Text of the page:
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An Aging Population: Good for Montgomery County

notepad by freestockThe United States is perched on the edge of a major demographic shift in the age of its population. Currently, over 40 million Americans are 65 or older. This number is projected to soar to 73 million by 2030.


We will see this same trend in the D.C. area, especially in Montgomery County. In 1970, 6.2 percent of Montgomery County’s population was over 60. In 2012, that number jumped to 12.9 percent. According to county statistics, that percentage is expected to reach 21.4 percent by 2040.


Montgomery County would be wise to embrace this demographic shift as it represents the potential for significant economic benefit.


According to the International Council of Shopping Centers, adults over 55 control more than 75 percent of America’s wealth. And they’re not afraid to spend it. A 2009 report by the Bureau of Labor Statistics indicates that consumers over 50 increased spending by 45 percent over the previous decade.


This spending is across the board. A recent US Government Consumer Expenditure Survey shows 55-64 year olds outspend the average consumer in nearly every category, including dining out, entertainment, household furnishing, personal care and gifts. Given a healthy 65 year old has a life expectancy of over 90, this would mean 25 years of increased spending at local businesses and associated sales tax revenues.


Older adults also aren’t often fully retired anymore. Many continue to be active in the labor force.


This new generation of “retirees” spends its time starting new ventures, joining non-profits, embracing part-time work, traveling the globe, learning new skills and meeting new people. In fact, according to a recent study conducted by Merrill Lynch and Age Wave, 62 percent of retirees keep working to stay mentally active. This is double the 31 percent who said they worked mostly for the money.


These are the people who make for stronger communities, more engaged citizens and better neighborhoods.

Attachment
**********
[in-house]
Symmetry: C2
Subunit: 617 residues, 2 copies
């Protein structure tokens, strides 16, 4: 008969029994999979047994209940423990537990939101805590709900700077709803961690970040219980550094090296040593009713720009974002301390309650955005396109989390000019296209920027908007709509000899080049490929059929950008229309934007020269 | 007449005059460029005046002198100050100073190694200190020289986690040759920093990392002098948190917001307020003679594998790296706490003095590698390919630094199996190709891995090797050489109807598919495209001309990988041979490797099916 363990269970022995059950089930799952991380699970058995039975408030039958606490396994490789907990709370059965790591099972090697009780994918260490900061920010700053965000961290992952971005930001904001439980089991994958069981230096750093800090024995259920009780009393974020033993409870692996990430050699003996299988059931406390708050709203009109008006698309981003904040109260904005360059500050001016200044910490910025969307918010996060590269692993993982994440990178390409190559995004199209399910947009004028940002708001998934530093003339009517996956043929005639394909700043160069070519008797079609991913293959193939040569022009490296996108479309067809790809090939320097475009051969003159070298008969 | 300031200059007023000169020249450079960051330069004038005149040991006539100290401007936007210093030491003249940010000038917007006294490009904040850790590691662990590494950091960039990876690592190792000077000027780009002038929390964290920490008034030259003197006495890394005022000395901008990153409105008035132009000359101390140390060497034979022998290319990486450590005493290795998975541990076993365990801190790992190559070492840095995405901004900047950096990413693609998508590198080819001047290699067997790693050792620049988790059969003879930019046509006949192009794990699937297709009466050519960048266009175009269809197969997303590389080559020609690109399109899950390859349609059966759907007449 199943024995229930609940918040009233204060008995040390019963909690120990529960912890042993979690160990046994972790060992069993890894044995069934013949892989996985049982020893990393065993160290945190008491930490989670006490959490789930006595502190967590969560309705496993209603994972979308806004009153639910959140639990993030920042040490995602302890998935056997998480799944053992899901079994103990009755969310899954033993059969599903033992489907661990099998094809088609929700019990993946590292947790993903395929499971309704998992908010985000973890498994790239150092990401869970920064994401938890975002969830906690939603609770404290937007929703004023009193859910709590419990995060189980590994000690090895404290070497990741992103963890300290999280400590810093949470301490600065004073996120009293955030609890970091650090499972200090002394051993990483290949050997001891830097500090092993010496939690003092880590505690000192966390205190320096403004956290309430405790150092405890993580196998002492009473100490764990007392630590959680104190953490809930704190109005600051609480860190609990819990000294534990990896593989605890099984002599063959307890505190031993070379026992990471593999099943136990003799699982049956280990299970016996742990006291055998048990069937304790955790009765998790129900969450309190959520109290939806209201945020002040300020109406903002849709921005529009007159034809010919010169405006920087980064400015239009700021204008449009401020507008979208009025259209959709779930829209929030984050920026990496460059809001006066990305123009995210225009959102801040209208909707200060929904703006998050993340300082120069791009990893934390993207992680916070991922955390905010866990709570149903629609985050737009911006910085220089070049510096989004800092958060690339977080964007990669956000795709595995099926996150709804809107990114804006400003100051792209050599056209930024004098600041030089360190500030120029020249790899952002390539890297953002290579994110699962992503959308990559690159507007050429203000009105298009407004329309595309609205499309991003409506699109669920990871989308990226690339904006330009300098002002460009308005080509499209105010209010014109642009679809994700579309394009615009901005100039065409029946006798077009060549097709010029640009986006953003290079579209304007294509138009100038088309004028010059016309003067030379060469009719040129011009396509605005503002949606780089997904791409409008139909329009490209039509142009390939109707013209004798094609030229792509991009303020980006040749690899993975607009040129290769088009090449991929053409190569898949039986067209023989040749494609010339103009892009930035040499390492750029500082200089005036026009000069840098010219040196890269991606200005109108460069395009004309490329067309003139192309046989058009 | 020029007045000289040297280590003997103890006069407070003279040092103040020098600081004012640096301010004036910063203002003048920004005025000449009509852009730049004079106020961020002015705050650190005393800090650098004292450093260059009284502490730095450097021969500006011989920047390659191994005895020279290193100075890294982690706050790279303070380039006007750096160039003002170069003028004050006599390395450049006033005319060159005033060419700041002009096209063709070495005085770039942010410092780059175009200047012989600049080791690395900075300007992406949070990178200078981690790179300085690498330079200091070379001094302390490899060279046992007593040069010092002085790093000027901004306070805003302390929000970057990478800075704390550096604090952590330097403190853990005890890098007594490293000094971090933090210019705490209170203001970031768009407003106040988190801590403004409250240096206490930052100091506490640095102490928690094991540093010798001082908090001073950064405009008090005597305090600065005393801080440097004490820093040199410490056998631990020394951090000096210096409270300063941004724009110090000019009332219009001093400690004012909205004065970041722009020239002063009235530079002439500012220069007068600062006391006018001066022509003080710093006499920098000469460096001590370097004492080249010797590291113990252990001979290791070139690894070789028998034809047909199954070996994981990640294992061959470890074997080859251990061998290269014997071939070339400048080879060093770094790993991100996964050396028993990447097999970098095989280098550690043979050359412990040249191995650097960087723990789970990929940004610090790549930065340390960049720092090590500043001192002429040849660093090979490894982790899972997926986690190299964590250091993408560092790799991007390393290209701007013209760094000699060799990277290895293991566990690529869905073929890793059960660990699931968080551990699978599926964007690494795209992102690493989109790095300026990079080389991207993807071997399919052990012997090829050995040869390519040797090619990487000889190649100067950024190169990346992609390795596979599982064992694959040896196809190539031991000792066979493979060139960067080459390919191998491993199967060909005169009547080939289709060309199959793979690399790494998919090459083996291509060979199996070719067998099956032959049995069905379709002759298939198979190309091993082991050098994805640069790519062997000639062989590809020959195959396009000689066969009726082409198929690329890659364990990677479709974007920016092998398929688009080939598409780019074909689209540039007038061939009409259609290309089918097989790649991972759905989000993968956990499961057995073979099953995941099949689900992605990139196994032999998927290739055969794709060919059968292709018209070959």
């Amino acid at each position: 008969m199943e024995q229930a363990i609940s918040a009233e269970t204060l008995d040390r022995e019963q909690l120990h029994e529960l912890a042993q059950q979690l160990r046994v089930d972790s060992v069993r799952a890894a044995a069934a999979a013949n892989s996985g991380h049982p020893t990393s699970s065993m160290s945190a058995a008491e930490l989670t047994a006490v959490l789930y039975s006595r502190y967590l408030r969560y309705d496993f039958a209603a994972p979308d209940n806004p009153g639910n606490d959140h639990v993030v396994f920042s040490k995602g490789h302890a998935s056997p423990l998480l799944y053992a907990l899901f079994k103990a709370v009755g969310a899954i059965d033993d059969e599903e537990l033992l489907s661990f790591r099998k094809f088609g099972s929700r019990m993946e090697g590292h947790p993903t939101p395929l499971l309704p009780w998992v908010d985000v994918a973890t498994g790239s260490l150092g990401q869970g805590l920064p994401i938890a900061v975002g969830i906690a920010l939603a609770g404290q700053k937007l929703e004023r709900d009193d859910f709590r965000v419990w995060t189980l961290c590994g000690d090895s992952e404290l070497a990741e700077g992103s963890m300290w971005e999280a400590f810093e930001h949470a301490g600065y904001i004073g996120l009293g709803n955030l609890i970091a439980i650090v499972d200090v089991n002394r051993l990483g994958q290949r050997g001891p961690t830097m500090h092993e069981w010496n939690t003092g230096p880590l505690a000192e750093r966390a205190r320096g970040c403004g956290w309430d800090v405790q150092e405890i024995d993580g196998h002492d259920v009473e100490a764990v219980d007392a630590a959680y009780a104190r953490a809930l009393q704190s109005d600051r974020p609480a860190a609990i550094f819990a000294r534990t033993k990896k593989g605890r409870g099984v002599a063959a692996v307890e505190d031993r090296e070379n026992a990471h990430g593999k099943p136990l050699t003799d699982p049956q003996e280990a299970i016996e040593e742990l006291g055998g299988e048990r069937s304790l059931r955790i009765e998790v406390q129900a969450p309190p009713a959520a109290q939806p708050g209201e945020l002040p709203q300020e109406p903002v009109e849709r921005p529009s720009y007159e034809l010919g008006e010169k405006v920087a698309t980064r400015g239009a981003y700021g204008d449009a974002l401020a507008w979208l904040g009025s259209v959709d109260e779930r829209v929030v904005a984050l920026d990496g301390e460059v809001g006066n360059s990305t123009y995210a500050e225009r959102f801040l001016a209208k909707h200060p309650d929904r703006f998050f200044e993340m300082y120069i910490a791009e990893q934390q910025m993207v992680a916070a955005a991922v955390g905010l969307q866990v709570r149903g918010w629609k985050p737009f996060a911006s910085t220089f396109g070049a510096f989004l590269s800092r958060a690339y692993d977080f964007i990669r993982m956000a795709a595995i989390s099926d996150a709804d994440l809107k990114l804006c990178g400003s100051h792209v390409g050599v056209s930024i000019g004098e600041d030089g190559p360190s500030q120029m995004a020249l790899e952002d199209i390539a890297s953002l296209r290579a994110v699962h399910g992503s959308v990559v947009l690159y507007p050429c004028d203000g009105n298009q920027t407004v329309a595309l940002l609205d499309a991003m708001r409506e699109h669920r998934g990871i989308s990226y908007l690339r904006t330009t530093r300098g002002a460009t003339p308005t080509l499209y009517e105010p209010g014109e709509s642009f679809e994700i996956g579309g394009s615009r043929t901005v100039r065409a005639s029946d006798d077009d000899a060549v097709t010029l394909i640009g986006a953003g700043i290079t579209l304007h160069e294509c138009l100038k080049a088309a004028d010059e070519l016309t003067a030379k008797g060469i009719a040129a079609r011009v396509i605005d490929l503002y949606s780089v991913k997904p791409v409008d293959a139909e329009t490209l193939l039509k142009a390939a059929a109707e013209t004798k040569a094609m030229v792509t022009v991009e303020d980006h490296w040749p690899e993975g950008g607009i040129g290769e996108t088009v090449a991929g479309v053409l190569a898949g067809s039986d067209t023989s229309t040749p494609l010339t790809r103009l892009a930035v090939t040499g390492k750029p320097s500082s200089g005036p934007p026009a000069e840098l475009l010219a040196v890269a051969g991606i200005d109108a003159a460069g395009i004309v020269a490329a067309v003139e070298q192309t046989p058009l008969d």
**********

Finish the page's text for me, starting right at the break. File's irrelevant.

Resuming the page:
How can Montgomery County attract these leading citizens?


One answer is to create housing options that provide the location, amenities, services and design needs that this growing demographic seeks. Approximately half of 55-65 year olds who are looking for housing prefer an age-restricted community, says Margaret Wylde, president of ProMatura Group, a market research firm that specialized in older consumers.


According to Ms. Wylde, this demographic wants an active community and doesn’t like to feel closed off from the outside world.


Montgomery County, with easy access to mass transportation, shopping, dining and entertainment, can provide real estate choices that resonate with this demographic. Older Americans are primed to relocate to areas that meet their needs. In fact, according to Ms. Wylde, 4.5 percent of those ages 55 to 65 move each year.


We should be attracting these valuable citizens to Montgomery County. They represent a valuable, viable engine for the local economy.


But this real estate need is currently going unmet in Montgomery County. We are working hard to design communities, such as The Stories at Congressional Plaza, that provide residents with an innovative combination of connection, access, and simplicity. We are investing in Montgomery County and embrace the opportunity to meet the needs of all county residents.


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